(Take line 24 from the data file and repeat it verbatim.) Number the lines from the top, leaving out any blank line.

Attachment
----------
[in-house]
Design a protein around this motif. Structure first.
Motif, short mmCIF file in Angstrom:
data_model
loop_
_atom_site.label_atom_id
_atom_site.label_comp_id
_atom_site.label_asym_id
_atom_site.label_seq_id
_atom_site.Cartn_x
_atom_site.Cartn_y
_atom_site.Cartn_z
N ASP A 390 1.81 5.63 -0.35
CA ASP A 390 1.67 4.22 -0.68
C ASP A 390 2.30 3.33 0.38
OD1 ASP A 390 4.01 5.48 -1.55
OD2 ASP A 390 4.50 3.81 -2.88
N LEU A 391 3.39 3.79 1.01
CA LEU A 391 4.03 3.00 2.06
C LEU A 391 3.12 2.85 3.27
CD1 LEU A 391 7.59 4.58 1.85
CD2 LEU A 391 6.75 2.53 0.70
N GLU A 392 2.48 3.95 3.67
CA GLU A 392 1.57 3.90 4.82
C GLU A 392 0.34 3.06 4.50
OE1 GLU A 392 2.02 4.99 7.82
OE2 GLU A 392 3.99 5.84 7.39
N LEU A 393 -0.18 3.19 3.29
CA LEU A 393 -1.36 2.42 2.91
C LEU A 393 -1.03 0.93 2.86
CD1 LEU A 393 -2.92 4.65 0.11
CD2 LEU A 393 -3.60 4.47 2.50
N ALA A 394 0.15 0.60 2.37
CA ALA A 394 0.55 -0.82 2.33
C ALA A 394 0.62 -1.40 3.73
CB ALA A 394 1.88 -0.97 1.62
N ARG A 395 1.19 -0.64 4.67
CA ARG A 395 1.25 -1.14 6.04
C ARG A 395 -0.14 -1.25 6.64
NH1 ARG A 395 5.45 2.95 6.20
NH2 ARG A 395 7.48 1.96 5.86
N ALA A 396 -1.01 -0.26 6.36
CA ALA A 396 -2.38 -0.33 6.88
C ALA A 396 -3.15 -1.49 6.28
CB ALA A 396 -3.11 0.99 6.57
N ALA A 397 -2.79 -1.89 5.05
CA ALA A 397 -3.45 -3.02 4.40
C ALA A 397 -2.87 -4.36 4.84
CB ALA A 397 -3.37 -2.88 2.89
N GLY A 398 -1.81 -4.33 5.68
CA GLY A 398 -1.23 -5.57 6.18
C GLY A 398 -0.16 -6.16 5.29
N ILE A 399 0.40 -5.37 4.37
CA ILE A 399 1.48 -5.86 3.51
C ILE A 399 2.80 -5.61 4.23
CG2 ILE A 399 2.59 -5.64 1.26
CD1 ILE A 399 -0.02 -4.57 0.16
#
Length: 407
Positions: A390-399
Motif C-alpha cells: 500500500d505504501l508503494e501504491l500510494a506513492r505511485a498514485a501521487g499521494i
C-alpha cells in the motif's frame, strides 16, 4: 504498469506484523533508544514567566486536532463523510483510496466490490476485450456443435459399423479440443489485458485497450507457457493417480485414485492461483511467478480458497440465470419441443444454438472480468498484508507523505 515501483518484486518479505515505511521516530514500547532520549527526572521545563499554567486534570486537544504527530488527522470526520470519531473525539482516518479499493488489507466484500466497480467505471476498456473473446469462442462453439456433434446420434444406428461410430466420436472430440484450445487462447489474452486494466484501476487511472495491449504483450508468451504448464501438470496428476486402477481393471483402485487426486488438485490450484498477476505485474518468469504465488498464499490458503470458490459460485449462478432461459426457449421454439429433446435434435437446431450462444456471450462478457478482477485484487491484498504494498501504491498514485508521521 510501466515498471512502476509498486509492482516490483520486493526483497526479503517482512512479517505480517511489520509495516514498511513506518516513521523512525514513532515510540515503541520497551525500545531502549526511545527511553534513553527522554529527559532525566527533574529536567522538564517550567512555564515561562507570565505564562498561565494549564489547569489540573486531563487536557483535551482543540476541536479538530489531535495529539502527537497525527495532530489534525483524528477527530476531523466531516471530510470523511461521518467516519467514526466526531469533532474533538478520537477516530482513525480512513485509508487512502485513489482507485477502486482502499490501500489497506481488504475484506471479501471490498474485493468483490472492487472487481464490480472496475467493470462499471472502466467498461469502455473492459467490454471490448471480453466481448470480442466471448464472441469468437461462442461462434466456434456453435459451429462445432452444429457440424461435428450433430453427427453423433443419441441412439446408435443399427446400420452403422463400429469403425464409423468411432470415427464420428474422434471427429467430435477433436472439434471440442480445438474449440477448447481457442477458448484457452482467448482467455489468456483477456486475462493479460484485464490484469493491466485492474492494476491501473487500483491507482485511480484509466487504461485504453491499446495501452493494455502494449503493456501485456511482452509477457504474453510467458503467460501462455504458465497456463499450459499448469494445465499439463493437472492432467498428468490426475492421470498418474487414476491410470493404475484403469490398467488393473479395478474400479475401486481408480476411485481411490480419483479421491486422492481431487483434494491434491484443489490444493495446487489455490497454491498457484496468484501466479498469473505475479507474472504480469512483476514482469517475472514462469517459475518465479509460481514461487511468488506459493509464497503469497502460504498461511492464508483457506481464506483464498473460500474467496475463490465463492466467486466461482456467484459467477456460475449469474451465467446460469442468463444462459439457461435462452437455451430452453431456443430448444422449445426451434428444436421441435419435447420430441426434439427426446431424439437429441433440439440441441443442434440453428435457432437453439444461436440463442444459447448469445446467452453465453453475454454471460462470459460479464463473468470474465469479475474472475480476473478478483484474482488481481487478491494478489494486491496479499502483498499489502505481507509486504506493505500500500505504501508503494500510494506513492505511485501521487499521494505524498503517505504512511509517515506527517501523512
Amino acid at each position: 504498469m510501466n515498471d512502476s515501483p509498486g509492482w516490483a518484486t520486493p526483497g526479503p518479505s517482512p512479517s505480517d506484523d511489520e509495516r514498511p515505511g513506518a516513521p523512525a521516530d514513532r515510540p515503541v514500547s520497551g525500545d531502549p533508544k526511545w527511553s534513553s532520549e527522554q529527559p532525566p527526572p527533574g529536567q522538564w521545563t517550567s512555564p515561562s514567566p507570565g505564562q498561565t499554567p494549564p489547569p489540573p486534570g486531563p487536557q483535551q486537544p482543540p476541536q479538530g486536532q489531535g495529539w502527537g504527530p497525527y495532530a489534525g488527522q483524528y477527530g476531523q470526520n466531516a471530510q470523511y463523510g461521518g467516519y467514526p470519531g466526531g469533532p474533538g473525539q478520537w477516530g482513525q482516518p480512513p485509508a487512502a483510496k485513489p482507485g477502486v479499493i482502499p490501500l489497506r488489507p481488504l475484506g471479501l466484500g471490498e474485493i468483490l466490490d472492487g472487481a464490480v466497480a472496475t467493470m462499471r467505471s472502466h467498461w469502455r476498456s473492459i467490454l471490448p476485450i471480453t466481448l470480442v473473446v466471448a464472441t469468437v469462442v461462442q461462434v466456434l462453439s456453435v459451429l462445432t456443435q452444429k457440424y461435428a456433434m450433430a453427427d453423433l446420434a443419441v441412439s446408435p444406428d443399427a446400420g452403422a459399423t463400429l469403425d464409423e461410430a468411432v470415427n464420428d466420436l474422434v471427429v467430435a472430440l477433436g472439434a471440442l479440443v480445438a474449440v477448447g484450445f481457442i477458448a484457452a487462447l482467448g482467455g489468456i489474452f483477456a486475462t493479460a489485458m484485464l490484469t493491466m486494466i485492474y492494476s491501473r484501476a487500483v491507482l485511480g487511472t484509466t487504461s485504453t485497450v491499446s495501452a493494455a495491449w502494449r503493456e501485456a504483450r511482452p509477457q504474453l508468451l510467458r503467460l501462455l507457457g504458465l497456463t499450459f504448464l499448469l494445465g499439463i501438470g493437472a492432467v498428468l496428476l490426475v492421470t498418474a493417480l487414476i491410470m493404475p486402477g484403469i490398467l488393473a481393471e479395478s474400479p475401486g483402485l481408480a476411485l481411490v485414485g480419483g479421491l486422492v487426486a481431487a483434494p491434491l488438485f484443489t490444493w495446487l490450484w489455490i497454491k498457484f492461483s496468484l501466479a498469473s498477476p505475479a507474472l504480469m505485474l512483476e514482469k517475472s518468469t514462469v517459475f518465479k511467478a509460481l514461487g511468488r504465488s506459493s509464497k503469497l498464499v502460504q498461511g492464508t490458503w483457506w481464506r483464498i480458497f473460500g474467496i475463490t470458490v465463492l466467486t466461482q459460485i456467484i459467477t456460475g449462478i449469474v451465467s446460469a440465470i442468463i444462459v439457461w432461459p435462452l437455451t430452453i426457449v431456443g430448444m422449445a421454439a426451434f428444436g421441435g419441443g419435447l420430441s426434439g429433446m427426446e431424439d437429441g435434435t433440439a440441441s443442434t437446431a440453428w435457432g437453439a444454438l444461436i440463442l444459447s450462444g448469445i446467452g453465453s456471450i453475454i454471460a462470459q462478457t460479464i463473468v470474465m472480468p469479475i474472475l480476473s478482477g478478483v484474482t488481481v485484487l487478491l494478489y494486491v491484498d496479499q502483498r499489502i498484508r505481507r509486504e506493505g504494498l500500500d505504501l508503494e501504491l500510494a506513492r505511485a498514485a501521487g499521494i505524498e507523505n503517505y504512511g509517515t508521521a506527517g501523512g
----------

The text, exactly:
CA GLU A 392 1.57 3.90 4.82